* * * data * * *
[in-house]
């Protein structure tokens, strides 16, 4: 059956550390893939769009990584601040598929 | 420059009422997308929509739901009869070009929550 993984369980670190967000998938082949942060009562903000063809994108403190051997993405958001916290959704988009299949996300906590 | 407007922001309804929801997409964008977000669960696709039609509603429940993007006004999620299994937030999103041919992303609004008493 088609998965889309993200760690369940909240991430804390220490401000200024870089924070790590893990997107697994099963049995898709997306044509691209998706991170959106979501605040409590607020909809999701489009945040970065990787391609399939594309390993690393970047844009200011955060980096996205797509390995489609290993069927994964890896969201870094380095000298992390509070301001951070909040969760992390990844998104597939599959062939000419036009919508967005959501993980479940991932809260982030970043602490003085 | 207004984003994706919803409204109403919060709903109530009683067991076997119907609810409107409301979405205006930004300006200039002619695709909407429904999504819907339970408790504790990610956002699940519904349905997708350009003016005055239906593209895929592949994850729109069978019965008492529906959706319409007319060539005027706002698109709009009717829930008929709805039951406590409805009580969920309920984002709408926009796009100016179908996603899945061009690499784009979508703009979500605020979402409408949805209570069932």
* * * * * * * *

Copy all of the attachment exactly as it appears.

[in-house]
């Protein structure tokens, strides 16, 4: 059956550390893939769009990584601040598929 | 420059009422997308929509739901009869070009929550 993984369980670190967000998938082949942060009562903000063809994108403190051997993405958001916290959704988009299949996300906590 | 407007922001309804929801997409964008977000669960696709039609509603429940993007006004999620299994937030999103041919992303609004008493 088609998965889309993200760690369940909240991430804390220490401000200024870089924070790590893990997107697994099963049995898709997306044509691209998706991170959106979501605040409590607020909809999701489009945040970065990787391609399939594309390993690393970047844009200011955060980096996205797509390995489609290993069927994964890896969201870094380095000298992390509070301001951070909040969760992390990844998104597939599959062939000419036009919508967005959501993980479940991932809260982030970043602490003085 | 207004984003994706919803409204109403919060709903109530009683067991076997119907609810409107409301979405205006930004300006200039002619695709909407429904999504819907339970408790504790990610956002699940519904349905997708350009003016005055239906593209895929592949994850729109069978019965008492529906959706319409007319060539005027706002698109709009009717829930008929709805039951406590409805009580969920309920984002709408926009796009100016179908996603899945061009690499784009979508703009979500605020979402409408949805209570069932």